Minico21) Appeal your real estate tax. 

    First, consult with your local taxing authority to find the steps you need to take to get the process started. Don’t expect a lot of help, but they will provide the forms and the process for you. Not sure of the process, you can hire a tax consultant that will do the job for you at about 30% of your savings. The process is not that time consuming or difficult. I did it myself. I don’t want to give away 30% of my savings. (see expenses) File your forms, explain why you believe your tax is excessive and continue to appeal until you have your reduction. It’s important to remember that every dollar you save on property taxes increases your property value. 5,000 savings will increase value 50,000.

    2) Operating expenses.

    Whether you operate your facility yourself, have a manager or use a property management service, there are ways to keep your expenses in check. I realize you probably monitor your expenses but have you looked at these items? Do you receive quotes from different insurance providers every year? I do and I compare them and let each of them know what their competitor is offering to see if they can match it. How about landscaping and snow removal? Do you have to have the grass cut every week or the snow removal when it only accumulates a couple of inches. What about your marketing? Are you heavily involved in print media, coupon books, yellow pages, etc. Do you have a web presence? In this day and age Yellow pages have become updated, so have coupon books to some extent. Self storage is not something people plan for, it’s usually an immediate need. A web site and a web presence will draw more calls for a lesser amount than the old media types of marketing.

    3) Make Repairs.

    People will and do judge the security and comfort of your facility by it’s appearance. Make sure your fencing is in good repair. Your doors should work easily when opening and closing. Remove weeds from your gravel or paved areas. Have yearly preventative maintenance done. This will save a considerable sum when a repair does need to be made. Working lights convey safety. Show the pride of ownership in your facility.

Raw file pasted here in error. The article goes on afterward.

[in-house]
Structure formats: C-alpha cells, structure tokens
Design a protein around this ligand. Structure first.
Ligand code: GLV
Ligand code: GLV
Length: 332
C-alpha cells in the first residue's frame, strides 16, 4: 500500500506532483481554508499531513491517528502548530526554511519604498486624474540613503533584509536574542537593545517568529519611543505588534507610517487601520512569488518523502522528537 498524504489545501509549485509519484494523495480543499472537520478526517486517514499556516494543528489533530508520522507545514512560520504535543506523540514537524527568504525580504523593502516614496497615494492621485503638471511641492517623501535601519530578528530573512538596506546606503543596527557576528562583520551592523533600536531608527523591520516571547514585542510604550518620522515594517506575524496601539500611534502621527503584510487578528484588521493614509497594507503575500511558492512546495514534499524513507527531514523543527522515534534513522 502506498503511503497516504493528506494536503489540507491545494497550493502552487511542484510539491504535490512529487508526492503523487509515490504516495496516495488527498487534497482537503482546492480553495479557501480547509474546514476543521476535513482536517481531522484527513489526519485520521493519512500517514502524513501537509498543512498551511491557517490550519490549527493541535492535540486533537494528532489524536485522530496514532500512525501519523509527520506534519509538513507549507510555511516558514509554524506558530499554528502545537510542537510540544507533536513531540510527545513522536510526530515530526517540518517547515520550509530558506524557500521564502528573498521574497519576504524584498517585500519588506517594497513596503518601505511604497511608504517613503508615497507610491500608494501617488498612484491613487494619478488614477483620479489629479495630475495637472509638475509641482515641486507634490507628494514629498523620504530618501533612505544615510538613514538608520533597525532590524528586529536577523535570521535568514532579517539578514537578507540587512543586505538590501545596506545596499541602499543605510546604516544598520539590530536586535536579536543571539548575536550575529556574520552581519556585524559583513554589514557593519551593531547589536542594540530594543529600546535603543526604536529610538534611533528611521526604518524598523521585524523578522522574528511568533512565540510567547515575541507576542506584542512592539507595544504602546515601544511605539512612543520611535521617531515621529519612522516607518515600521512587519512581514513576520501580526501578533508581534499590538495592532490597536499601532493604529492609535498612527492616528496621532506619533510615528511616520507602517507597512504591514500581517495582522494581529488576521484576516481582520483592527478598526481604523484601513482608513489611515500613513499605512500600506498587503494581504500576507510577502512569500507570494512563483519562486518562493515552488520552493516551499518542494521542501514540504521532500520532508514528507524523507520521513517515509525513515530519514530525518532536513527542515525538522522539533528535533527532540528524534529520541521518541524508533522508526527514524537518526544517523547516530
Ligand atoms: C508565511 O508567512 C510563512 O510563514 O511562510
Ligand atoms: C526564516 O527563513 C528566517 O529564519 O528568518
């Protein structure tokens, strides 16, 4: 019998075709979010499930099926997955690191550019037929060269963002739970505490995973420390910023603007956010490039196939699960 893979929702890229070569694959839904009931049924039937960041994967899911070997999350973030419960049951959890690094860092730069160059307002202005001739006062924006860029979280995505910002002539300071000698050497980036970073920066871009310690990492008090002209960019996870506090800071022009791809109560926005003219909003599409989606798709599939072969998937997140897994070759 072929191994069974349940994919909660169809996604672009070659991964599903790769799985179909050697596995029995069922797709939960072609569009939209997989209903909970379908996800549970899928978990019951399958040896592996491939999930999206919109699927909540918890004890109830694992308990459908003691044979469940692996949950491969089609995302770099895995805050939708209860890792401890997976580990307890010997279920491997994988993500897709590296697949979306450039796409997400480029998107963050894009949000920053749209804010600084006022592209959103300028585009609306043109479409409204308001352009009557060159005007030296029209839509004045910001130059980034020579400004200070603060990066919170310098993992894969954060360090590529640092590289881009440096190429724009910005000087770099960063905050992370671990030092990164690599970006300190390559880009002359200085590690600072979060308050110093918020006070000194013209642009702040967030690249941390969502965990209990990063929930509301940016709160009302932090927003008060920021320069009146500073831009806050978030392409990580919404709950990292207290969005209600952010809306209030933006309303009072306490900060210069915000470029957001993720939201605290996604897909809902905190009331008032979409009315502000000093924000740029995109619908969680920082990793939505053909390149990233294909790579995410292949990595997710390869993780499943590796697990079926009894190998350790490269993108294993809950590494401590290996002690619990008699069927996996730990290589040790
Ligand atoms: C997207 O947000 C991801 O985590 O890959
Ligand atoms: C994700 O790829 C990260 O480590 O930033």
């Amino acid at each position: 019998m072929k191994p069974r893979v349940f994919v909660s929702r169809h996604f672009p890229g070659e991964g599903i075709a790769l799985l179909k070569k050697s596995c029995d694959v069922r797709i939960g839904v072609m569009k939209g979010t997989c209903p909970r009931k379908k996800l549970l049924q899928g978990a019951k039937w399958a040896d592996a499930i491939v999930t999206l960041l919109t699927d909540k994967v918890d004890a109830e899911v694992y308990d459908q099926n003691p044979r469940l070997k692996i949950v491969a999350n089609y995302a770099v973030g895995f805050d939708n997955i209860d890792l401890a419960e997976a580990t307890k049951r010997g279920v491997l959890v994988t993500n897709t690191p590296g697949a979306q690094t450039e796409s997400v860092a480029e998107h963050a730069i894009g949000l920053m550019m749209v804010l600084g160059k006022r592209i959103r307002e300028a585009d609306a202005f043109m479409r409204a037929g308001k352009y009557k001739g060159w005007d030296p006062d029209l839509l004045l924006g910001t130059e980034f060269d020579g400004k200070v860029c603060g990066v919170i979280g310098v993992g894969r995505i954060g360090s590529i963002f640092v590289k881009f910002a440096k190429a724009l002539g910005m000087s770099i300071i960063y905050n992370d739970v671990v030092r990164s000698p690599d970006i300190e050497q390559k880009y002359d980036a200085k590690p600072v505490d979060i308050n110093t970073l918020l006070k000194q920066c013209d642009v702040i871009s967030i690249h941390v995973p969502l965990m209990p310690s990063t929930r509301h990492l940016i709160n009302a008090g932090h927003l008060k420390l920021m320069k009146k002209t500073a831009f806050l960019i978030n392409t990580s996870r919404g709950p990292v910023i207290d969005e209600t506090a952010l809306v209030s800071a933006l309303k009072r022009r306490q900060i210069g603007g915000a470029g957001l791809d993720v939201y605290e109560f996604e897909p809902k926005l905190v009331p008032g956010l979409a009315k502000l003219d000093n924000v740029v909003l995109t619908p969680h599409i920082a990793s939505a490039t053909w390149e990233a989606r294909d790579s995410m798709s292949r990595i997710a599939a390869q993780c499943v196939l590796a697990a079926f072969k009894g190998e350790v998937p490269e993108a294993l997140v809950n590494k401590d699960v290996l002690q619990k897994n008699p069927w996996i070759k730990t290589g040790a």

4) Ancillary revenues.

    Do you sell boxes, locks, tape or other moving supplies? Why not make your facility a one stop shop. Do you offer renter’s insurance? It’s amazing how many people become interested in insurance when it is explained to them. Truck rental? People need to be able to move things, not just to your self storage facility but from one side of town to another. Or they are moving to another city or state. They need a rental truck. Notice how many are on the road everyday? There is a need, why not add that service. Do you have room for a billboard? Check your local laws and see if it’s allowed.

    5) Delinquencies.

    I know there are some owners out there that love to have people pay late so that they can collect more money. Consider this though, let’s say that your usual monthly delinquencies are 12%. If you reduce this to 5% you will have a manager (or yourself) that has more time to show units, work on marketing and not wasting time chasing money. If they don’t pay, move quickly on your lien rights and reclaim that unit so that you can rent it again.

    6) Raise rents.

    If you are at least 90% occupied, you should raise your rental rates. A modest increase of 2.00 a month on 400 units brings in another 800.00 a month or 9600.00 a year. Most tenants will not be irked by a 2.00 increase, so the chance they move out is reduced. If they do move out, now you have a unit to rent at the new rate.

    7) Expand.

    This one is pretty simple. If you have the acreage and are at least 90% occupied, it’s time to expand. If you are not sure about expansion, it doesn’t hurt to go ahead and get the municipal approvals needed so that when you do make the move, this is out of the way for you.

    8) Be aware of your unit mix. 

    What size units do you rent on a regular basis? Is there a size that doesn’t rent well? If it’s a 5 x 10  that doesn’t rent well and 10 x 10 units always rent, why not move some walls and make those 5 x 10’s into 10 x 10’s. If you expand, it is doubly important to make sure you understand what your potential client is going to want or need.

     Self storage is a fun, interesting business that can be a smooth enterprise providing you take the steps necessary to run your business efficiently.

    About Kevin Rollings & Self-Storage Facility Management

    Kevin R. Rollings is a Teacher, an Owner and an Operations Manager for Self-Storage Facilities! Kevin has over 25 years rental experience at various levels of management and ownership in the rental niche.

    Kevin was the regional supervisor for Scott Meyers, the past owner of Alcatraz Storage’s in the Indianapolis Greater Areas. Kevin was often a speaker at Scott Meyer’s Self Storage Academy as the key speaker for Management 101 and for Self Storage Auctions. His wisdom and excitement for the industry lead Kevin to purchase Alcatraz Storage in Brownsburg, Indiana, moving him from a once manager to a current owner!

    For more information, please visit:

    Summer Slash



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